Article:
With the introduction of computers, the internet & mobile phones have provided us with many more opportunities to obtain and share information than there once was.
Regardless of the method we use, the way we communicate our information can positively or negatively impact our daily relations both personally or in the Gym.
With face to face communication, factors such as the way we listen, how we use our voice and body language can influence whether our communication interactions are positive or negative.
Positive communication experiences enhance our sharing of ideas and enables us to be open to others views and challenge opinions. This in turn allows the acceptance and development of ideas, as well as the introduction and or growth of new ideas, work practices and lifestyle choices.
Listening is an important part of communication! Receiving the information is just as important as sending it.
Showing that you are actively listening by asking questions, offering suggestions and being open to others opinions keeps everyone engaged in the topic. We can practice active listening by waiting for others to finish speaking and by paraphrasing what has been said. This helps to clarify what has been heard and understood.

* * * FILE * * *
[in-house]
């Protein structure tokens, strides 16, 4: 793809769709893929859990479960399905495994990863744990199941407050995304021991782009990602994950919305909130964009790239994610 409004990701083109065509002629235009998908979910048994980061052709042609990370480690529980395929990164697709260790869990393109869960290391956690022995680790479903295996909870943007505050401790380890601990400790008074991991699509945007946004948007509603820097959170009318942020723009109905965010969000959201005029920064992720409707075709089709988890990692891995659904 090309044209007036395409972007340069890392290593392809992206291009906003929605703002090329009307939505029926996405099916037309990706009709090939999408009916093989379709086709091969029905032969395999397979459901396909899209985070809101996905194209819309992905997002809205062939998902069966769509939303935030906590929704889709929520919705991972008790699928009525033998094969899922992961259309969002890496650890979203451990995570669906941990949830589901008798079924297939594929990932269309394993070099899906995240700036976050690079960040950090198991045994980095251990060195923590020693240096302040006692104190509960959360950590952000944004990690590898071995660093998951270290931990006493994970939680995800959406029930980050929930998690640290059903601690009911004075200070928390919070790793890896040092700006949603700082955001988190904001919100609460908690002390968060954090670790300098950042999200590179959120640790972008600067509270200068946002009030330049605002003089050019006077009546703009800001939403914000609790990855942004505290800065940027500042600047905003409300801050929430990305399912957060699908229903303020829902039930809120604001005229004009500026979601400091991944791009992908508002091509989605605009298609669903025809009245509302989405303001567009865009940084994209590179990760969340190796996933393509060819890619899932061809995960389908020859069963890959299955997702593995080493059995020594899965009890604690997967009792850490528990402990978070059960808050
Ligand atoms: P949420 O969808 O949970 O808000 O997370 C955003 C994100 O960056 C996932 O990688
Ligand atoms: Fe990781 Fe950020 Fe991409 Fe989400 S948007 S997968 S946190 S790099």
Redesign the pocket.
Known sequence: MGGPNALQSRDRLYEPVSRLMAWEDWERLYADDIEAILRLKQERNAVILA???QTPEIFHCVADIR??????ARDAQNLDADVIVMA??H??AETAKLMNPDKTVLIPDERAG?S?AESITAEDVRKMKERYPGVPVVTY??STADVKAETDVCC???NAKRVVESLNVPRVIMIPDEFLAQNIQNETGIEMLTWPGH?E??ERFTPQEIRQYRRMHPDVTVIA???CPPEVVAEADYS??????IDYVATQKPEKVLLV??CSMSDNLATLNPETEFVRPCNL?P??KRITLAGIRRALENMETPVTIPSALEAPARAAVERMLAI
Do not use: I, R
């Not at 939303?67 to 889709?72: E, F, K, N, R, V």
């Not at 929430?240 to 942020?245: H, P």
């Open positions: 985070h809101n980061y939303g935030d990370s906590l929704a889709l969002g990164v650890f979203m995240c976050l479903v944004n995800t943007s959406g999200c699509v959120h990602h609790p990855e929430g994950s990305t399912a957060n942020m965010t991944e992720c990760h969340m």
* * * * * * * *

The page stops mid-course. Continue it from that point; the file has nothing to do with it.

Body language including position of arms, eye contact, facial expressions and the way we stand can impact the way we communicate. To enhance open and equal communication, we should practice being relaxed with a calm voice, an open body (arms not crossed), facing the person and maintaining eye contact.
Listening and body language are just some tools that we can practice to support positive communication to promote open discussion, respect and support.
By practicing positive communications and sharing these methods helps us to grow in our ideas and be open to change and development... both personally or in the Gym!
Here is a Positive Language Exercise you might like to try:
What did you think of today's blog post? Let us know in the comments below.
-Yes, you did read that correctly. It’s also entirely accurate.
However, we don’t sit your little gymnasts down in the gym with a large text book on The Laws of Physics and ask them to “turn to page 203”.